It is RHEL 5.

I understand your comments about the /var filesystem, but this machine was handed down to me, and my hands are tied with most changes like that until the machine needs to be rebuilt or there is a tech refresh.  Basically they will say it's not broke don't fix it. :)

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by:woolmilkporc
woolmilkporc earned 2000 total points
ID: 35491743
OK,

I'm not aware of any issue with enabling ACLs for / on RHEL.
Just modify /etc/fstab, remount or reboot and try it out.

wmp
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Author Comment

by:savone
ID: 35491945
Thanks for your help, I have added the options and remounted.  I have also set the acl to allow read permissions to the directory:


drw-r-----+ 65 root root   4096 Apr 29 10:38 rsyslog

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Is there a way to make this recursive?  Also what if a new directory was created inside rsyslog, is there a way to allow it to inherit the acl from the parent directory?

I am asking this since there are 50+ directories under /var/log/rsyslog and we are often adding new devices which creates a new directory in /var/log/rsyslog

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by:savone
ID: 35491959
So I figured out how to make it recursive, how about the inherit part? Any ideas?
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Author Comment

by:savone
ID: 35492029
This doesnt seem to be working, I have r-- permissions to the user on /var/log/rsyslog and everything inside that directory and they still can not change to that directory, permission denied.
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Expert Comment

by:woolmilkporc
ID: 35492095
OK, use

"rx" instead of "r" alone in "setfacl".
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Author Comment

by:savone
ID: 35492136
Same results...

# getfacl rsyslog/
# file: rsyslog
# owner: root
# group: root
user::rw-
user:test:r-x
group::---
mask::r-x
other::---

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[test@logserv ~]$ cd /var/log/rsyslog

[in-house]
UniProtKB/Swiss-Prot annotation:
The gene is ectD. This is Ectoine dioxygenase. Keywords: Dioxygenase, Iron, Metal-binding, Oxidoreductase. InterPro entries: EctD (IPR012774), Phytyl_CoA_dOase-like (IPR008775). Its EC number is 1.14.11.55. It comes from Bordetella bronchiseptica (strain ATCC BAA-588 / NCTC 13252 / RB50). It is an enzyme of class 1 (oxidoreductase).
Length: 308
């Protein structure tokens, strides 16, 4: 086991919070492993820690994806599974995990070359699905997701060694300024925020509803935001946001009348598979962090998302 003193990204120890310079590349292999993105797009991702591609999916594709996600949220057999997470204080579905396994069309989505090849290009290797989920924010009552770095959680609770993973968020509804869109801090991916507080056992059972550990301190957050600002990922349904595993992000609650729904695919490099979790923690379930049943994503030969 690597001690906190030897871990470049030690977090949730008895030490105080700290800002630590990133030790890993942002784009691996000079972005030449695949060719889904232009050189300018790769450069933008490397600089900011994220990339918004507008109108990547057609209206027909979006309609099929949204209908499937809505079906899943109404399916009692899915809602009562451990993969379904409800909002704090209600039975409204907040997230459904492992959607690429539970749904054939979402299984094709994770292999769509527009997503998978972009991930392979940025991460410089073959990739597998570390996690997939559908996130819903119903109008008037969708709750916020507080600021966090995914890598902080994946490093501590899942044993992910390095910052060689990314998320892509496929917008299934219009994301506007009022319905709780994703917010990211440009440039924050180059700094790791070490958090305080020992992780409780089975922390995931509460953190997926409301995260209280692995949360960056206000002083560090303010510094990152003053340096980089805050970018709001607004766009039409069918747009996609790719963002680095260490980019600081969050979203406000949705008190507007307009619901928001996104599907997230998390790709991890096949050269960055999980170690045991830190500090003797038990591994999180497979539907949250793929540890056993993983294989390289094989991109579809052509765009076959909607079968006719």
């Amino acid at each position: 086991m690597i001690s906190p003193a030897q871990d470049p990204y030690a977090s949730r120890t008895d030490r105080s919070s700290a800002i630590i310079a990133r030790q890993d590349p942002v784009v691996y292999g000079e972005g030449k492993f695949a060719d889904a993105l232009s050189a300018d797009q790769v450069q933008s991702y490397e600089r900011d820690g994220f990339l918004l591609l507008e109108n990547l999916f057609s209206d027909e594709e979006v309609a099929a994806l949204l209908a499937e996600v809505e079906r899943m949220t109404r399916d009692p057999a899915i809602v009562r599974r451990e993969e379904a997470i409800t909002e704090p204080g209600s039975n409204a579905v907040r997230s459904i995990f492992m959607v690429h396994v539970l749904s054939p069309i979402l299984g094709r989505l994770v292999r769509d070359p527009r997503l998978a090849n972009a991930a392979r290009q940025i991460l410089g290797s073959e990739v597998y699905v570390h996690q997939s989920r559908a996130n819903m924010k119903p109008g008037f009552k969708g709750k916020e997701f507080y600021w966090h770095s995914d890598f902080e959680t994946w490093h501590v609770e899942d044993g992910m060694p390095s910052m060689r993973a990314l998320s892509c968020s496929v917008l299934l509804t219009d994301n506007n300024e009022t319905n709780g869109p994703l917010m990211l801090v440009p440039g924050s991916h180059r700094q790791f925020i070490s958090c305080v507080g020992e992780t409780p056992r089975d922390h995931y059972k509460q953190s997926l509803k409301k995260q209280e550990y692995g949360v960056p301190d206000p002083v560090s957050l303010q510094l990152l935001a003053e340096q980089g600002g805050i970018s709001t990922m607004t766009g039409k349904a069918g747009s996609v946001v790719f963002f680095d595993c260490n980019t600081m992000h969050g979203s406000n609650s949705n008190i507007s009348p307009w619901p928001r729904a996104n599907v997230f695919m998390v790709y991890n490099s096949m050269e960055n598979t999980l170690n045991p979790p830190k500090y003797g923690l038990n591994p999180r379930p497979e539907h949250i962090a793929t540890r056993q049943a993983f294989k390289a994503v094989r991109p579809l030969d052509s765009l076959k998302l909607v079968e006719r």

-bash: cd: /var/log/rsyslog: Permission denied

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Expert Comment

by:mccracky
ID: 35492151
Another option might be that you set up another throwaway box for use just by the Cisco folks where they would also have the root password and rsync the logs over to that box.
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Expert Comment

by:woolmilkporc
ID: 35492156
/var and /var/log need rx as well!
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Author Comment

by:savone
ID: 35492237
Yep, that did it.  

But now one more question needs to be answered, not that you havent helped me enough already.

is there a way to have anything created under rsyslog to inherit the acl?  For example if we add another cisco device which would create a new directory in /var/log/rsyslog, would I have to go and add the acl again? or is there a way to have the new directory inherit the acl from its parent directory?

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Author Comment

by:savone
ID: 35492261
Hmm, also a new log is created every day for every device, will this file need the acl updated as well?
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Assisted Solution

by:woolmilkporc
woolmilkporc earned 2000 total points
ID: 35492278
To establish inheritance you'll have to create a default ACL for the rsyslog directory.

Use "-d -m" instead of "-m" alone to achieve this.